snapshots of an idle mind

February 2, 2007

consequences

Filed under: driving,life,responsibility,socioanthropology,Uncategorized — sassinak @ 12:54 pm

i’ve been thinking about something lately as i watch the decline of common courtesy on the roads. interestingly as people get less and less willing to let people into their lane the congestion gets worse and worse. wish they’d notice that.

i’ve given away my copy of heinlein’s friday again or i could properly reference this but regardless he was heard to write that the signs of a dying society are dirty public restrooms and lack of common courtesy. this was actually a bit of a recurring theme with him.

at first i thought that was silly. that was too easy a thing to predict a dying culture wasn’t it?

except no i don’t think it was. manners are a lot more than holding doors for a lady (i think that comes from fashion… try opening a heavy ironbound ironwood door in a hoop skirt and corset) and saying please and thank you.

they also include letting people in in traffic if they signal and act polite. tossing your rubbish in the bin instead of the street. turning down the music late at night simply because you know they’re trying to sleep.

i mean i could go on for an hour about all the things that ‘common courtesy’ entail but then i would start getting depressed at the decline of the society that i live within. i would start to think that it’s hopeless and that i’d better find a way to move to the moon and fast.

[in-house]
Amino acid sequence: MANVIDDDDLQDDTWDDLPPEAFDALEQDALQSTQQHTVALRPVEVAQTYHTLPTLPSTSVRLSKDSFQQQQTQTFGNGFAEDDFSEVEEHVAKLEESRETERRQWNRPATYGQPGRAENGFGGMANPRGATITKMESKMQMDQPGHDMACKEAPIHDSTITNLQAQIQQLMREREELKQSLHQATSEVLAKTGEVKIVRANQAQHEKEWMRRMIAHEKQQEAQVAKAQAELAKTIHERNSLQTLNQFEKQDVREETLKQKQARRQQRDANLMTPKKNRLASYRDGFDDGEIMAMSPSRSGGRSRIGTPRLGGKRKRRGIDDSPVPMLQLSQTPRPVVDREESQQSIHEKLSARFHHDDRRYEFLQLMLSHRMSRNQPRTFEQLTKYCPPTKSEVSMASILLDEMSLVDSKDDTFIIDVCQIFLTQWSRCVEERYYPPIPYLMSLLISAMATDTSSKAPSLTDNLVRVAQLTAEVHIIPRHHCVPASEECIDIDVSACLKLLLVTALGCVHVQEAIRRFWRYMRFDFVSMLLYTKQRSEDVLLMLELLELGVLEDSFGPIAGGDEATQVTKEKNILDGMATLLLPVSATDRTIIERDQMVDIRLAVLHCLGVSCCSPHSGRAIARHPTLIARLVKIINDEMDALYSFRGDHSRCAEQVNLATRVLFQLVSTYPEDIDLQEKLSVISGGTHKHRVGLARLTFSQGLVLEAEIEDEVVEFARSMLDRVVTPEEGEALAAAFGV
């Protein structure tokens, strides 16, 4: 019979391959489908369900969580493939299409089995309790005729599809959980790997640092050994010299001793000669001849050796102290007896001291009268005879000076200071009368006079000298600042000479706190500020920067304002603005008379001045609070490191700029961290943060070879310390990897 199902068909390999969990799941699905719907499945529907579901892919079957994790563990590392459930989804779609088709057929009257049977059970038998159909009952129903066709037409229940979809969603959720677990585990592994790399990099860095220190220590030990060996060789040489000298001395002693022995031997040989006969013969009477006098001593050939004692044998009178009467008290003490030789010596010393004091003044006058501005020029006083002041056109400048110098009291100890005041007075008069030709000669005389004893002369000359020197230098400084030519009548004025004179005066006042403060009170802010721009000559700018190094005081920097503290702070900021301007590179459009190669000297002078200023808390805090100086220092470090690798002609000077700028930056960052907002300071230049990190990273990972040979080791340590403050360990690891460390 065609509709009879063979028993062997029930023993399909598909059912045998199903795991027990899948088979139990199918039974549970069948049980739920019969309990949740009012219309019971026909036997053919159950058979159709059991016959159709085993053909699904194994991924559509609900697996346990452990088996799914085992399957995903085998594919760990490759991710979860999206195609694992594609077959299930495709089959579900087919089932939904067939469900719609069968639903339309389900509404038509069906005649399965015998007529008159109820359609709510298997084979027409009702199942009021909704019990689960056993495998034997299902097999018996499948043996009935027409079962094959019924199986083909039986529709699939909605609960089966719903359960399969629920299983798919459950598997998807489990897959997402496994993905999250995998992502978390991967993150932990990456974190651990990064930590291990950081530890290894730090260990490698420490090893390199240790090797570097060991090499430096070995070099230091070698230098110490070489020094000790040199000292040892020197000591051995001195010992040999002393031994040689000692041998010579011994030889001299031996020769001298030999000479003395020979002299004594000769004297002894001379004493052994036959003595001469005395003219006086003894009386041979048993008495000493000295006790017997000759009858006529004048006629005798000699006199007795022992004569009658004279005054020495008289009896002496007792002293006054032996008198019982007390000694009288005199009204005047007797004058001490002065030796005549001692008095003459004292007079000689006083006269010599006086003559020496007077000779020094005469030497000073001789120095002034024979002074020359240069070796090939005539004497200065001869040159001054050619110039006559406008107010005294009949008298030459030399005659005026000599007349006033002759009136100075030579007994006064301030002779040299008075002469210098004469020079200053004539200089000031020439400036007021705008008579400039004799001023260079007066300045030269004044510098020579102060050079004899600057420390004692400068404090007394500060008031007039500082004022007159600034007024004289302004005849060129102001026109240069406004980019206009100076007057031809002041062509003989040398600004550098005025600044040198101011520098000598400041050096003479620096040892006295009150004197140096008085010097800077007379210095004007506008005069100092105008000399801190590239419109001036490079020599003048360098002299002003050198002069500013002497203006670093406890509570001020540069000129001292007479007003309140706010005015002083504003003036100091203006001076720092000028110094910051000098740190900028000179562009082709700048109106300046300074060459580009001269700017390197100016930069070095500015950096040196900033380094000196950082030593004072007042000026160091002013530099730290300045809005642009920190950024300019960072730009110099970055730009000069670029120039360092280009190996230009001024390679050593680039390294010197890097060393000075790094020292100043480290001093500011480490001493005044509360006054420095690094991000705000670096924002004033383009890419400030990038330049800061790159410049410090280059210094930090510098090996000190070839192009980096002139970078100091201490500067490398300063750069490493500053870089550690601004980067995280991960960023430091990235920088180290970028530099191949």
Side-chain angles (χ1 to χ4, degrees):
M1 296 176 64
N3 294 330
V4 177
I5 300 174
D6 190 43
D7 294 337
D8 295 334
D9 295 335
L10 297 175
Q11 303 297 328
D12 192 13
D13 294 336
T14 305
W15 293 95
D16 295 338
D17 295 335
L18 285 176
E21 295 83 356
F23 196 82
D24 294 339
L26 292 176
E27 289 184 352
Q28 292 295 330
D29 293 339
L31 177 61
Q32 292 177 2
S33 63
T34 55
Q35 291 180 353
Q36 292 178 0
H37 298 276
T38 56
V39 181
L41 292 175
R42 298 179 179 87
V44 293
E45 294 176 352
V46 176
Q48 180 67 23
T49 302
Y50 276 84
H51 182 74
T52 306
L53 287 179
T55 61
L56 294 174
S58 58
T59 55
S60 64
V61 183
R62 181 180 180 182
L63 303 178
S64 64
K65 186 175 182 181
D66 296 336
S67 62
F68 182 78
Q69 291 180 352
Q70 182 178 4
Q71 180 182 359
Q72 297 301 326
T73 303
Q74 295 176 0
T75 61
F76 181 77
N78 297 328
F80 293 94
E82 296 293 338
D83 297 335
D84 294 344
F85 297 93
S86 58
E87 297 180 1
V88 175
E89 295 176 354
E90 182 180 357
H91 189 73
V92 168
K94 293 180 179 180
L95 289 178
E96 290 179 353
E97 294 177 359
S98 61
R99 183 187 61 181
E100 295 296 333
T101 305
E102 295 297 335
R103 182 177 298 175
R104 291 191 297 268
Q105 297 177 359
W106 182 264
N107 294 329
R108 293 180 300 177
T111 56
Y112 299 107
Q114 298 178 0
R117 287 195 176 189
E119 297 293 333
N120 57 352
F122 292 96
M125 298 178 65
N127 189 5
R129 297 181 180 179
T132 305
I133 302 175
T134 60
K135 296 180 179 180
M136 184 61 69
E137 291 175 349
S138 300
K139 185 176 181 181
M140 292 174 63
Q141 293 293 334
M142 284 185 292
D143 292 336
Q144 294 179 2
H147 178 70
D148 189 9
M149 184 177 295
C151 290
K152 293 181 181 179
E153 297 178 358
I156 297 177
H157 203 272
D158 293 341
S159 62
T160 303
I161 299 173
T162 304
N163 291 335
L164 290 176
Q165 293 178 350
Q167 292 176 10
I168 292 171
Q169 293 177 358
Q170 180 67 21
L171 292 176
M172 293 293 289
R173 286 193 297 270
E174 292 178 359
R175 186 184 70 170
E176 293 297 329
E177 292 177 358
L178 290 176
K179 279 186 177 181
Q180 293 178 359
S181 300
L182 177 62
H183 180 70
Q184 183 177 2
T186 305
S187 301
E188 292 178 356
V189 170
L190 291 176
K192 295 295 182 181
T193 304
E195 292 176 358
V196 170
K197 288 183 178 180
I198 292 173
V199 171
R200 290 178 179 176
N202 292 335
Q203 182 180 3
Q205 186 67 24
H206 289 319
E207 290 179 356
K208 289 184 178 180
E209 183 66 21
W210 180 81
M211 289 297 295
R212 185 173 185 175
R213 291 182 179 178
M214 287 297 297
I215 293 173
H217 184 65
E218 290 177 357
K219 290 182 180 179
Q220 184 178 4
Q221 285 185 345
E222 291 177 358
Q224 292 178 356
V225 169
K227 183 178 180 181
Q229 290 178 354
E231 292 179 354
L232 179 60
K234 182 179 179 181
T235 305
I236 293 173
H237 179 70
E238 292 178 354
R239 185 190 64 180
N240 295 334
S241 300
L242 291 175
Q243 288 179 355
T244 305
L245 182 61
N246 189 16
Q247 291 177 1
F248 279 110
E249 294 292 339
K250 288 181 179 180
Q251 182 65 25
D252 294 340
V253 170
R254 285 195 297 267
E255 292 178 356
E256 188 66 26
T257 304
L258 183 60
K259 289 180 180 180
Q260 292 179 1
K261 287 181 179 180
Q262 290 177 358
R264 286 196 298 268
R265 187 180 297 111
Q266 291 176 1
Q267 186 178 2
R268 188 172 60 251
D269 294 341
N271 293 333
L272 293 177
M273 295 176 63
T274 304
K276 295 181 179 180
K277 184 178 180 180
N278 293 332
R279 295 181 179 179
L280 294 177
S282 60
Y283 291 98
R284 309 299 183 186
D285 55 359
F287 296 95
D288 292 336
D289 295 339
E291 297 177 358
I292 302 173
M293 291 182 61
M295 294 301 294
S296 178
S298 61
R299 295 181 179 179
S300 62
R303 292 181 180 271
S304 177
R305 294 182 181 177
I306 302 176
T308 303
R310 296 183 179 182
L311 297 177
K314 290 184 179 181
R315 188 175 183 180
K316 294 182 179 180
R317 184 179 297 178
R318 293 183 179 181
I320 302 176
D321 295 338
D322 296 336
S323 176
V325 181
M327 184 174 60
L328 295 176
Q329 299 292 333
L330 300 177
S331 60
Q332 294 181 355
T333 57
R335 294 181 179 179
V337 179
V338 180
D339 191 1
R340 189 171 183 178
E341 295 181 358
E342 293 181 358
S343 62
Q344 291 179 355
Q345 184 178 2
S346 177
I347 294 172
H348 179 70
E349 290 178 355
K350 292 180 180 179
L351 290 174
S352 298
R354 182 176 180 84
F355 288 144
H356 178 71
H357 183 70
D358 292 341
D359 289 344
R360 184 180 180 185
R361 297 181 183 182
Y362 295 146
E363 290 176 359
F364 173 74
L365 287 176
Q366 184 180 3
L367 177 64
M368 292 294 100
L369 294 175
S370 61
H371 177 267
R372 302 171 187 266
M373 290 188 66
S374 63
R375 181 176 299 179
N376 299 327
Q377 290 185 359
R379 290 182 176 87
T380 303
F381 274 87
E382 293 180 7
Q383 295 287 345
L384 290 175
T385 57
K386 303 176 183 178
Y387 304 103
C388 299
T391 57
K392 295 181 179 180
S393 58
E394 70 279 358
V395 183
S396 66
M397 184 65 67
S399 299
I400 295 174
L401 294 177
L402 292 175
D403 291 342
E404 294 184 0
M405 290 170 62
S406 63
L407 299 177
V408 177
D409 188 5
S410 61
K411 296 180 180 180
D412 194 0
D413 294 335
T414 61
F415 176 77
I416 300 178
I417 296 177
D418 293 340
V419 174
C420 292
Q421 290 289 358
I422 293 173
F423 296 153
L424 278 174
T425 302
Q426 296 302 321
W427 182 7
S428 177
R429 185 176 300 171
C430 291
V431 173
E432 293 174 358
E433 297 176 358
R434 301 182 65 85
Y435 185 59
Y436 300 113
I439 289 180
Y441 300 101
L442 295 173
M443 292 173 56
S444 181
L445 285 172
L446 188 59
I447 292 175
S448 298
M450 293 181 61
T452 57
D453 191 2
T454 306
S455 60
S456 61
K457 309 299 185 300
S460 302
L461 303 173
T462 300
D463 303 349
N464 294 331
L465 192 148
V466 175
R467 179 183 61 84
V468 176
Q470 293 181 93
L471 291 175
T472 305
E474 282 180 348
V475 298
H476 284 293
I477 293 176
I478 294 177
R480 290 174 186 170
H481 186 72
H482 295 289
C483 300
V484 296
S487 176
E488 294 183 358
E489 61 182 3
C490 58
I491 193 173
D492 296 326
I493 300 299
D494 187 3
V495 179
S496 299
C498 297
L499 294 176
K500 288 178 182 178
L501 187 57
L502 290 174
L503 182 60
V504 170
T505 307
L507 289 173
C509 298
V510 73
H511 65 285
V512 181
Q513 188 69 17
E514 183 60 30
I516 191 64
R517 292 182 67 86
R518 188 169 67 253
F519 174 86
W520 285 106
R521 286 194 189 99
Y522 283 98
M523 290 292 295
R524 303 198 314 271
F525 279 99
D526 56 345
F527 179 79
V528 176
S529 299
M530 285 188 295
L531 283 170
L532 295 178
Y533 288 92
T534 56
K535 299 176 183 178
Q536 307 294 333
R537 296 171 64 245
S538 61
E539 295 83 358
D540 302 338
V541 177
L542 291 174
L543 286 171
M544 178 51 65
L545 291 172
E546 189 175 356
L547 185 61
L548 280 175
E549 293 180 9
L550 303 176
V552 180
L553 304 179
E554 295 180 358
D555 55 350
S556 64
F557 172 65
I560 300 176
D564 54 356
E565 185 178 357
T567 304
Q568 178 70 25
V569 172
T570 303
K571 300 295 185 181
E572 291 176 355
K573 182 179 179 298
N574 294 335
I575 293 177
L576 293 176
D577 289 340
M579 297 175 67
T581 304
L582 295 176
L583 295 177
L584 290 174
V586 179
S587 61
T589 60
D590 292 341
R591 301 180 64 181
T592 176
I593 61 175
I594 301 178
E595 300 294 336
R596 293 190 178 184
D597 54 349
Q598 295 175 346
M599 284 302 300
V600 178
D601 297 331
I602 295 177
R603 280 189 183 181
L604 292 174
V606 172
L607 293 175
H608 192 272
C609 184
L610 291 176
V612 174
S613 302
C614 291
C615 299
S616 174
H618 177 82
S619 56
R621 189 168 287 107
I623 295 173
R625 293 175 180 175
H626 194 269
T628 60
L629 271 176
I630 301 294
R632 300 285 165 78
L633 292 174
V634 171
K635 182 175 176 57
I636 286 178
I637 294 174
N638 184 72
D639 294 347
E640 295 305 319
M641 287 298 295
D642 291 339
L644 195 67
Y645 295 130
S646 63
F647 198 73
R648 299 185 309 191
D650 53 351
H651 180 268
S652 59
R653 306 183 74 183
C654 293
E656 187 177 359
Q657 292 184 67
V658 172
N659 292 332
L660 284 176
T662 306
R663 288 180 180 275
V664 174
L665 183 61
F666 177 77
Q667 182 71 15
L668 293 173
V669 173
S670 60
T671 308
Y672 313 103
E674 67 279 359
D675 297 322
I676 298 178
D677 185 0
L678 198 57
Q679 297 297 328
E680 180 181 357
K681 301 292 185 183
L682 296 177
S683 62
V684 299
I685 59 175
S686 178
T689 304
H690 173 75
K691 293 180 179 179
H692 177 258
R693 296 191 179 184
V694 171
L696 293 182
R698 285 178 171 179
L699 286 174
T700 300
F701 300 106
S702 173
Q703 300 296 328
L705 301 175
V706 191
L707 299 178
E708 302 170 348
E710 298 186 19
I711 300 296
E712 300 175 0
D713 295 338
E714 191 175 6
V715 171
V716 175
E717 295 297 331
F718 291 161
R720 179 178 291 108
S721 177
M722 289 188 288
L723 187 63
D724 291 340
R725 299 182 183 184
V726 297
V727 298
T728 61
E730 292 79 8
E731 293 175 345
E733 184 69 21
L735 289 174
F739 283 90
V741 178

but then you know, we’re not all the way there yet.

some people are still polite and some people are still considerate. a few people even think about the consequences of their actions.

so few people consider the ramifications of the actions they perform. they think only of what they want or need at that particular second and never even remember to look into traffic before stepping into it.

a lovely gentleman i met recently told me that he thinks it’s because we’ve lost our slowness. that time spent sitting on the back porch and watching the tumbleweeds after dinner where you think about your day.

‘gee i hope i didn’t hurt jim’s feelings when i said that to him earlier’

“got to remember to check on that horse in the morning, her trot looked a bit off”

‘wonder why the wife isn’t singing while she does the washing up tonight’

“i sure enjoyed that chat with the pharmacist, perhaps i’ll visit there again”

‘dangit! forgot to clean mah gun!’

“sure is peaceful and quiet out here”

“i wonder how aunt lil is gettin’ on, best be writin’ her a letter”

:)

whatever, just thoughts about life and the things that happened in it that day. the ramifications of the things. the taking notice of the bits that might have slipped by otherwise.

and he thinks that because all anyone does now is think about themselves and fill up their time with activity that we’ve lost the power of reflection.

and i think he’s right.

i think that’s exactly what’s going wrong in the world, all this rampant egotism and celebrity worship leads to several billion people who don’t give a fuck about anythign but themselves.

how can that be anything but heavily toxic and fatal to our planet?

we live in a culture in which greed is given greater respect than wisdom or joy. where time is rendered irrelevant and following a path or healing or spirituality or teaching is less important or worthy than one that involves raping the planet and making buckets of money.